Some Democratic lawmakers have argued that respecting humanitarian needs is critical for Israel’s global position. “In order to maintain international support, they have to demonstrate that they are abiding by the Geneva Conventions and our basic expectations,” Senator Brian Schatz told me earlier this month.
Indeed, while the U.S. continues to be a staunch supporter of Israel, there are growing international calls for a cessation in hostilities. On Wednesday, the United Nations Security Council voted in favor of a resolution calling for pauses in the conflict to allow for humanitarian aid to be brought to Gaza, although the U.S., the United Kingdom, and Russia abstained on the measure. Last month, 120 countries voted in favor of a resolution calling for a “humanitarian truce” to the war. The U.S. was one of 14 countries to vote against the truce, and 45 other countries abstained.
“There’s more and more of us who can’t ignore the reality that Israel does not have a plan,” Democratic Senator Peter Welch of Vermont told Punchbowl News over the weekend. Although the need for humanitarian aid is clear, Welch added, “the best humanitarian aid is to have a war plan that doesn’t create such a humanitarian catastrophe.”
The White House has been left to toe a delicate line in recent weeks. When asked whether the U.S. was violating the so-called “Leahy law,” which prohibits providing aid to governments committing human rights abuses, a White House official demurred, in a Sunday interview with CBS’s Face the Nation.
“I’m not going to get into legal determinations in public,” said White House principal deputy national security adviser Jon Finer. However, Finer added that while Israel has the right to “embark on combat operations” in southern Gaza, the White House has “a real concern” about the hundreds of thousands of Gazans that have fled to the south at Israel’s behest.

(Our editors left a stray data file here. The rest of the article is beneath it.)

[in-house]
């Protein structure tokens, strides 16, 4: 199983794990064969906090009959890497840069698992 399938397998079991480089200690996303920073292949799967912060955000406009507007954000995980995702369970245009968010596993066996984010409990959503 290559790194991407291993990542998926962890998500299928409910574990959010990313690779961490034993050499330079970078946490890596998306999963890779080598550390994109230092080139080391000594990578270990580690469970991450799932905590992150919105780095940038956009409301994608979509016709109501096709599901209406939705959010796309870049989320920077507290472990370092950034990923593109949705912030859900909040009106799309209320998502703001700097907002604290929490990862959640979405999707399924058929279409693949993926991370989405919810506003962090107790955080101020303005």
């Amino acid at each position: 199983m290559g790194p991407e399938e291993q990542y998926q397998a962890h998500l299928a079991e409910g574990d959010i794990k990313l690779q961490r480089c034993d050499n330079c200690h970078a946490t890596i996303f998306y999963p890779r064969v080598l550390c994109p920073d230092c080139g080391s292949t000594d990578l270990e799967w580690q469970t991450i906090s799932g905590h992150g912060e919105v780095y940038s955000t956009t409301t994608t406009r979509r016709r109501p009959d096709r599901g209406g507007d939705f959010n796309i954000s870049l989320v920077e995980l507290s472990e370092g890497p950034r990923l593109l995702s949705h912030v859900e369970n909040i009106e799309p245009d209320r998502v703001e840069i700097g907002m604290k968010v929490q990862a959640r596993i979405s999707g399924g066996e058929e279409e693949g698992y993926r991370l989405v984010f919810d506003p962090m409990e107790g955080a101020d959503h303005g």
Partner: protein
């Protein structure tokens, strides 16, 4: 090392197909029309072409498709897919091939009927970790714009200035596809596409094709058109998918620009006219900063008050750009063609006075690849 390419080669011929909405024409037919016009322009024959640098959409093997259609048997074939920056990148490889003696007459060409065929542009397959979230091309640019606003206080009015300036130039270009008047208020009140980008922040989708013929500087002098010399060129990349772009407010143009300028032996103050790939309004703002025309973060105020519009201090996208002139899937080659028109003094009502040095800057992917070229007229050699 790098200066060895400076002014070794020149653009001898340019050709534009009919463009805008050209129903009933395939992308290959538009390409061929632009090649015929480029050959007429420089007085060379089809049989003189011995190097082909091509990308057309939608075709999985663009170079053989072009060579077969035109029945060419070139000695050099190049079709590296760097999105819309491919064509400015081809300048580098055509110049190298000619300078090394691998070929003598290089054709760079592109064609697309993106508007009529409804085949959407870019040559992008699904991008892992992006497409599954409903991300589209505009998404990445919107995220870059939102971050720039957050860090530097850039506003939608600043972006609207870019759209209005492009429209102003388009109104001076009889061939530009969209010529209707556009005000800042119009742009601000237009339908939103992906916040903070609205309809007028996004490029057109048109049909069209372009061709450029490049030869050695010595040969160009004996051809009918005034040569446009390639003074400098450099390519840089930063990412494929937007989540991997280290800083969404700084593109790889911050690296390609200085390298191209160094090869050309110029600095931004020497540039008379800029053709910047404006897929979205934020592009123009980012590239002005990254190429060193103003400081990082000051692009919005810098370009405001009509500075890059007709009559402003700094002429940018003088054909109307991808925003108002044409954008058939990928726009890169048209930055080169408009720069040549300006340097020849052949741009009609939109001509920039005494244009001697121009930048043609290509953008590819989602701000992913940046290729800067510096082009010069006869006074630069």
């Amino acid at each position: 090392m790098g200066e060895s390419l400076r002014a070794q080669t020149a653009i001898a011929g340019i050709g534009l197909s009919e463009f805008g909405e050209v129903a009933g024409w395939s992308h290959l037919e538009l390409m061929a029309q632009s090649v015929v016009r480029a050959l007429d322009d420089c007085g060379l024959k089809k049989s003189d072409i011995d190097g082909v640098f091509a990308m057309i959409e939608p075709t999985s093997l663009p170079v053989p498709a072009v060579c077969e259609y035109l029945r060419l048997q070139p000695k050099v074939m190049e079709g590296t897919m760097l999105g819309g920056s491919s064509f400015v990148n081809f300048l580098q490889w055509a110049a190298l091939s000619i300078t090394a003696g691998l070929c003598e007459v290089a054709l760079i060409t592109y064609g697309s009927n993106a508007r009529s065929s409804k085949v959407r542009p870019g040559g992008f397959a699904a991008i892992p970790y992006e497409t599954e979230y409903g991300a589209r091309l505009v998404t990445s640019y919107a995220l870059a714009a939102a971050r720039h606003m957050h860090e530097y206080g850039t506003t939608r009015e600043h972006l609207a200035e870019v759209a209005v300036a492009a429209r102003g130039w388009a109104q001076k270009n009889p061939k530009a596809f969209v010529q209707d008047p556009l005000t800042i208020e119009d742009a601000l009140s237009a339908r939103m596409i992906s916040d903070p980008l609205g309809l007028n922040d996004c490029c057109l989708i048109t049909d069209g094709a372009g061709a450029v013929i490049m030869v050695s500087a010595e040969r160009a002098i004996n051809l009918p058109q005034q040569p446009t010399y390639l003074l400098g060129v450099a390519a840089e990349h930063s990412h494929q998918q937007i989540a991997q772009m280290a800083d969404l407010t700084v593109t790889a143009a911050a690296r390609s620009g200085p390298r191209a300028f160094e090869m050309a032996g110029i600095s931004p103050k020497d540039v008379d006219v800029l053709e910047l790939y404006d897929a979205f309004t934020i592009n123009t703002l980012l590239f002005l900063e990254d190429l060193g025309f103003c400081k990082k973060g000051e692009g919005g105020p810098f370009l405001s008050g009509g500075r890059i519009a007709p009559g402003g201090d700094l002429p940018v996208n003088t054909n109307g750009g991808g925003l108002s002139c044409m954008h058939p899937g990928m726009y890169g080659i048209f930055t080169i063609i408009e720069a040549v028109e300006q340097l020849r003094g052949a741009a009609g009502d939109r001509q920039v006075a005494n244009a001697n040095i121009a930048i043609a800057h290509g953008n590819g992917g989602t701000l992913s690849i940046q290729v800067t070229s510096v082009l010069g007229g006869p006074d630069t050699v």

“We think that their operations should not go forward until those people—those additional civilians—have been accounted for in their military planning,” Finer continued.
Recent polling has shown a growing generational divide in opinion of the war. A Quinnipiac poll published last week showed that while 54 percent of voters overall say their sympathies lie more with Israel than with Palestine, 52 percent of voters between the ages of 18 and 34 say their sympathies lie more with Palestinians. Sixty percent of Democrats disapprove of Israel’s response to the October 7 attack by Hamas, along with 66 percent of voters between the ages of 18 and 34.
The news is also grim for Biden, as a new poll by NBC News shows that majorities of voters in all parties disapprove of his handling of foreign policy and the Israel-Hamas war. The survey showed that 70 percent of voters between the ages of 18 and 34 disapproved of his handling of the war. As young voters will be critical to his electoral chances in 2024, these figures arrive at an inopportune time for the president.
Earlier this month, a coalition of groups dedicated to mobilizing young, progressive voters sent an open letter to Biden warning that his response to the Israel-Hamas war could demotivate Millennials and Gen Zers.
“We write to you to issue a very stark and unmistakable warning: you and your Administration’s stance on Gaza risks millions of young voters staying home or voting third party next year,” the letter said. “Young people are a cornerstone of a winning Democratic coalition, and the vast majority of young people in this country are rightfully horrified by the atrocities committed with our tax dollars, with your support, and our nation’s military backing.”